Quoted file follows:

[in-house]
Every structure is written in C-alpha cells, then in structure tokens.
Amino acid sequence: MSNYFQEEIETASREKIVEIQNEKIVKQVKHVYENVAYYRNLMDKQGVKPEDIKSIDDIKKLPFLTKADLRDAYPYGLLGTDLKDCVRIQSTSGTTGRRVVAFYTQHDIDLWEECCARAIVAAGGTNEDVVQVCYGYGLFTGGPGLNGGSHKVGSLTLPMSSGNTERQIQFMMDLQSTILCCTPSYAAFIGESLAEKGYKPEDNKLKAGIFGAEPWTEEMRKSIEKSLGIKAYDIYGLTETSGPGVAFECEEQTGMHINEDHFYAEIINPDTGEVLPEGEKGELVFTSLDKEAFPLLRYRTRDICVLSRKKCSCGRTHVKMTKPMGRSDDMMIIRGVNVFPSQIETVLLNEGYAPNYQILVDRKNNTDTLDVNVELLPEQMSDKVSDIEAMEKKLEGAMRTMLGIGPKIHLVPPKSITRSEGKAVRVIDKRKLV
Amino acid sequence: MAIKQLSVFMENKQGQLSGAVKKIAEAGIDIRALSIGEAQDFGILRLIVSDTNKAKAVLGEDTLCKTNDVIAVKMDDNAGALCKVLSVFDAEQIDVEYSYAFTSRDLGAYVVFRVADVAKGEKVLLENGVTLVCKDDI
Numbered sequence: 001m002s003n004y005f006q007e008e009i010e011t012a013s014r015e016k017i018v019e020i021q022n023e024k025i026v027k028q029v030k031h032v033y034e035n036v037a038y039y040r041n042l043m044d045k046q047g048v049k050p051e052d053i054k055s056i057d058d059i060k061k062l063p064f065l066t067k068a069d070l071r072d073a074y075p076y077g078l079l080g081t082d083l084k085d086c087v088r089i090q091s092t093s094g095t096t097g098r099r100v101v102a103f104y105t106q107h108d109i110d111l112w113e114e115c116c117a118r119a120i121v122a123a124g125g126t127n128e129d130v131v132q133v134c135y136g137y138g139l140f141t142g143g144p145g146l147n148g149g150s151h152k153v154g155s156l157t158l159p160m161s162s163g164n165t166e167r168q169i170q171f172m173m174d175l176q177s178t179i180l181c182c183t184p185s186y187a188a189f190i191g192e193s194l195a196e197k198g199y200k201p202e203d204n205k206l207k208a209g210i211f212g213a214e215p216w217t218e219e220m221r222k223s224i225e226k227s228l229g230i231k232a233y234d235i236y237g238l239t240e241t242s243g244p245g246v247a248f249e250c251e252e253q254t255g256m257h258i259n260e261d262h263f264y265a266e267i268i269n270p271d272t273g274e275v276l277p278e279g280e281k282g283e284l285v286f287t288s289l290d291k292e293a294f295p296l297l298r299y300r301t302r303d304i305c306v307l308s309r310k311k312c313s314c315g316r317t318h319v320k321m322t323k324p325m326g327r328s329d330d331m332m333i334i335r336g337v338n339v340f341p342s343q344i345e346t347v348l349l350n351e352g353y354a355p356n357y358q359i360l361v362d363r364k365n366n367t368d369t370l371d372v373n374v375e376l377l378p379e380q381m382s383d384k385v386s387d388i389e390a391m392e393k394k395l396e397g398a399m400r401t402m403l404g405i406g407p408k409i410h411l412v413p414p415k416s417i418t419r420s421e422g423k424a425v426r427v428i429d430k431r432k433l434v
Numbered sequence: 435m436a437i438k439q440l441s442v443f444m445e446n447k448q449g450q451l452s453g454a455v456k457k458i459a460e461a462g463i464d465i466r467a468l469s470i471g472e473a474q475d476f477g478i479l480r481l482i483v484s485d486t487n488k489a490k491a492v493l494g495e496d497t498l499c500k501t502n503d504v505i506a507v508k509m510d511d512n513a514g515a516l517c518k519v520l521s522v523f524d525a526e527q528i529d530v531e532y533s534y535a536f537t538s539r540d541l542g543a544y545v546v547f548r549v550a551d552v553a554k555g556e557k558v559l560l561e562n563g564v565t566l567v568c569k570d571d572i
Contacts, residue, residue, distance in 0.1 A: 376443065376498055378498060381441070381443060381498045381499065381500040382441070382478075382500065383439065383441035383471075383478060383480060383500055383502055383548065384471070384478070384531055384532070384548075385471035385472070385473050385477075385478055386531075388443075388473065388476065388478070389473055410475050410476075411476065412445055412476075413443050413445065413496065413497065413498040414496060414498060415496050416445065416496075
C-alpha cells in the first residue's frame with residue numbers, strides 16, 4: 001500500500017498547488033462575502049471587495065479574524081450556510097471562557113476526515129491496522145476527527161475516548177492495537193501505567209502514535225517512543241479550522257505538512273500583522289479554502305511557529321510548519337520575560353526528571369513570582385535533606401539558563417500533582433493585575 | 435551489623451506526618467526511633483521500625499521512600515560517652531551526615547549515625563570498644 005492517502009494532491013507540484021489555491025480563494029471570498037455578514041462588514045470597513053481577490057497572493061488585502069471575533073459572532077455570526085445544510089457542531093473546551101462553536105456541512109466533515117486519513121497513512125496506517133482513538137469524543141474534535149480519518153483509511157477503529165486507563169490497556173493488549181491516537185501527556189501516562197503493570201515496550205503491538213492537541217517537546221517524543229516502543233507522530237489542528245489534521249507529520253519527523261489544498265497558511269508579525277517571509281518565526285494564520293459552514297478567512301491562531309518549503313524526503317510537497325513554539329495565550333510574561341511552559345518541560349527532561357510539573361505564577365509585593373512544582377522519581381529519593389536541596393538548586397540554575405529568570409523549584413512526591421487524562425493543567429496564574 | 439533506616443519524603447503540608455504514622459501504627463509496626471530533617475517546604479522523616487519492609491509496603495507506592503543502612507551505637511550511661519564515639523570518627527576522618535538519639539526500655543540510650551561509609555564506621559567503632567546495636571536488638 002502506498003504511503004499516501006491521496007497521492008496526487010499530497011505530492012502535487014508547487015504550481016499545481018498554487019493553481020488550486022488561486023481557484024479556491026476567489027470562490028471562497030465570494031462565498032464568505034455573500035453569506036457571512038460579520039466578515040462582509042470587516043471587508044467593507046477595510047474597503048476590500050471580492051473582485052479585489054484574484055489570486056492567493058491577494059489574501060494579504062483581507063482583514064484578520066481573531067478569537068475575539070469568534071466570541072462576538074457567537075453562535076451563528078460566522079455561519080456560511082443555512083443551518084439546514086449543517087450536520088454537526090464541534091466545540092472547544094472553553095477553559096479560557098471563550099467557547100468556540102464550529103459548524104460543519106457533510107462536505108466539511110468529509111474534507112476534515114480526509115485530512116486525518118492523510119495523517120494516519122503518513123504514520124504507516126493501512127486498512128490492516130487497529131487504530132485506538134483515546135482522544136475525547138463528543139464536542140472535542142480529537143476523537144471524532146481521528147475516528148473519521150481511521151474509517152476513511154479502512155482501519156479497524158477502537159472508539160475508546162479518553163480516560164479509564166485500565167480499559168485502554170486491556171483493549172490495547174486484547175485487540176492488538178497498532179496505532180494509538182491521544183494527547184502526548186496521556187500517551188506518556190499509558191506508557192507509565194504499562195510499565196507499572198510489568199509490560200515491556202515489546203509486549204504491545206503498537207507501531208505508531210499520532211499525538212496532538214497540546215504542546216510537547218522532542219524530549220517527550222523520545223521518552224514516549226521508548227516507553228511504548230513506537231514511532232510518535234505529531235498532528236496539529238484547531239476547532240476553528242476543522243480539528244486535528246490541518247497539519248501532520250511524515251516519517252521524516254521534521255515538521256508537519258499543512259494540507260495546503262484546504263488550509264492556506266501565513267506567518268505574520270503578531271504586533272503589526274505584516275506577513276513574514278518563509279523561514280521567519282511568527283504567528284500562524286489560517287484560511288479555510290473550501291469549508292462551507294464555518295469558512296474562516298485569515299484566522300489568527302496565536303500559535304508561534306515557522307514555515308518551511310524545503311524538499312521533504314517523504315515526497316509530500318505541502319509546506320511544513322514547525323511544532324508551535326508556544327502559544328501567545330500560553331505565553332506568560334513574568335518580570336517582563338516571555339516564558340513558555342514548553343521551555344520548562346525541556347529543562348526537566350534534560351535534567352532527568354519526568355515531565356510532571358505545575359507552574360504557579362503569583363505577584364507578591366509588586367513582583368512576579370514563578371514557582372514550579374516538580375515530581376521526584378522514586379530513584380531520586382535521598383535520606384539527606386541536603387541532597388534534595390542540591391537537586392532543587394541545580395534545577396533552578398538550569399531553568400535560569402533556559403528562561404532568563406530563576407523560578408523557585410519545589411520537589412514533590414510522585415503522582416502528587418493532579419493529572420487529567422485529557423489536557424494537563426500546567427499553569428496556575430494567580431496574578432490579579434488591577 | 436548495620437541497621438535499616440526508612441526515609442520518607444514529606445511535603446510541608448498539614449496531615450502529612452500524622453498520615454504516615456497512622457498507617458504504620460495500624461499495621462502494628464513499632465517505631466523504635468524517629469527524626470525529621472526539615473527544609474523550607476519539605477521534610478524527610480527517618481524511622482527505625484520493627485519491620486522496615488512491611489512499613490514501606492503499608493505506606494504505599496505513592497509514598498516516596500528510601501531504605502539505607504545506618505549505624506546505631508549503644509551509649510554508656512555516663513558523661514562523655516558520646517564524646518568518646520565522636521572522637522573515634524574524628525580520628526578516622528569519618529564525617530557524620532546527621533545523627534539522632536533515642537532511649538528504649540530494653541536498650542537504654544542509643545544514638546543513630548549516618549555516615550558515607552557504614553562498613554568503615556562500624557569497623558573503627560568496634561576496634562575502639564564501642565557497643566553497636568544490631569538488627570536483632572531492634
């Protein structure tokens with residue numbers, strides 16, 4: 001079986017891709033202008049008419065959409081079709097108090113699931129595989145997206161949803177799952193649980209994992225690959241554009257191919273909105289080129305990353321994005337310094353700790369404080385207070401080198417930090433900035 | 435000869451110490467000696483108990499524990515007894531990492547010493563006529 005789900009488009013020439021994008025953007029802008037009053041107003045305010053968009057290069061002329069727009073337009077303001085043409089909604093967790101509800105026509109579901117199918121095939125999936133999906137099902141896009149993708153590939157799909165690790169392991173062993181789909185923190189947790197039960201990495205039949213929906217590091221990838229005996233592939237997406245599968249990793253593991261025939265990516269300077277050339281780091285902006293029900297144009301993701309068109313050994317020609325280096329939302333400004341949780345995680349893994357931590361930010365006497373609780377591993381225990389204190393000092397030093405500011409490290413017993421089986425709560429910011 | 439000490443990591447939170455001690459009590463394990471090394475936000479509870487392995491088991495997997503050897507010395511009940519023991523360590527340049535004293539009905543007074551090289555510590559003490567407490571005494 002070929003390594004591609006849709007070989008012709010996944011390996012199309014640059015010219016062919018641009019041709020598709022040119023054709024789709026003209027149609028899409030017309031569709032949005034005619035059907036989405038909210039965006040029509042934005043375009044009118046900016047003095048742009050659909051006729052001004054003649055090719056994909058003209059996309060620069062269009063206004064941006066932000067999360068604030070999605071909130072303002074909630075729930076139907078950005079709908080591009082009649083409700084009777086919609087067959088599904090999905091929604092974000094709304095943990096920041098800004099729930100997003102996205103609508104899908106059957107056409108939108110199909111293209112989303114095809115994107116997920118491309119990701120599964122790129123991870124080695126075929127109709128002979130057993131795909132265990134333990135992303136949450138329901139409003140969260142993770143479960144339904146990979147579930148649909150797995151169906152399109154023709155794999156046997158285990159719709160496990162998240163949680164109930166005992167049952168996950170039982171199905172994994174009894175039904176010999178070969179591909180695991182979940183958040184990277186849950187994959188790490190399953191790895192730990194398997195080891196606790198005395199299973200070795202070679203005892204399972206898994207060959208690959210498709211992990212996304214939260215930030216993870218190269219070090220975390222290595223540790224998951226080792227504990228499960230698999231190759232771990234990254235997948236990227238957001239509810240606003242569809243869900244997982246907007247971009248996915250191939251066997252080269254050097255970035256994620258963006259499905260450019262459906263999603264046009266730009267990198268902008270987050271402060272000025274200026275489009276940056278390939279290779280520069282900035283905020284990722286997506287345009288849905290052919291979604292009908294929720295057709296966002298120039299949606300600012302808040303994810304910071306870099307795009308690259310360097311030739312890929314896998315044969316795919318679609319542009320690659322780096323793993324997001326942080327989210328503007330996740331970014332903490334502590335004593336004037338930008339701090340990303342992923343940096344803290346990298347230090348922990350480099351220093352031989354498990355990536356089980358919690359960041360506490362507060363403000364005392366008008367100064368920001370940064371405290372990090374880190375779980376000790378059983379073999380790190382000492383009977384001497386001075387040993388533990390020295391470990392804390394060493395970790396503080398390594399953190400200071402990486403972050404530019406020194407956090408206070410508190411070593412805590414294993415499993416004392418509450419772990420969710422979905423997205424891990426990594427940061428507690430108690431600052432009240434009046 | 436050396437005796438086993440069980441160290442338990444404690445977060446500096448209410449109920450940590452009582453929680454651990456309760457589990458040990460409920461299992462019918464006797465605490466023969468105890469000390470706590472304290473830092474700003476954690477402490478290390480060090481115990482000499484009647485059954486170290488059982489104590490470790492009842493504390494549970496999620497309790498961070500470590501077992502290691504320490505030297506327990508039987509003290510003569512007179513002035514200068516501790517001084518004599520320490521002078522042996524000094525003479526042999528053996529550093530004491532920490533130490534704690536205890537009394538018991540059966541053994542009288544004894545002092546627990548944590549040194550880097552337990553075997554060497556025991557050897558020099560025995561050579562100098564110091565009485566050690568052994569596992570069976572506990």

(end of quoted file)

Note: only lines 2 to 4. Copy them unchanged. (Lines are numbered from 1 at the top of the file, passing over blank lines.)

Every structure is written in C-alpha cells, then in structure tokens.
Amino acid sequence: MSNYFQEEIETASREKIVEIQNEKIVKQVKHVYENVAYYRNLMDKQGVKPEDIKSIDDIKKLPFLTKADLRDAYPYGLLGTDLKDCVRIQSTSGTTGRRVVAFYTQHDIDLWEECCARAIVAAGGTNEDVVQVCYGYGLFTGGPGLNGGSHKVGSLTLPMSSGNTERQIQFMMDLQSTILCCTPSYAAFIGESLAEKGYKPEDNKLKAGIFGAEPWTEEMRKSIEKSLGIKAYDIYGLTETSGPGVAFECEEQTGMHINEDHFYAEIINPDTGEVLPEGEKGELVFTSLDKEAFPLLRYRTRDICVLSRKKCSCGRTHVKMTKPMGRSDDMMIIRGVNVFPSQIETVLLNEGYAPNYQILVDRKNNTDTLDVNVELLPEQMSDKVSDIEAMEKKLEGAMRTMLGIGPKIHLVPPKSITRSEGKAVRVIDKRKLV
Amino acid sequence: MAIKQLSVFMENKQGQLSGAVKKIAEAGIDIRALSIGEAQDFGILRLIVSDTNKAKAVLGEDTLCKTNDVIAVKMDDNAGALCKVLSVFDAEQIDVEYSYAFTSRDLGAYVVFRVADVAKGEKVLLENGVTLVCKDDI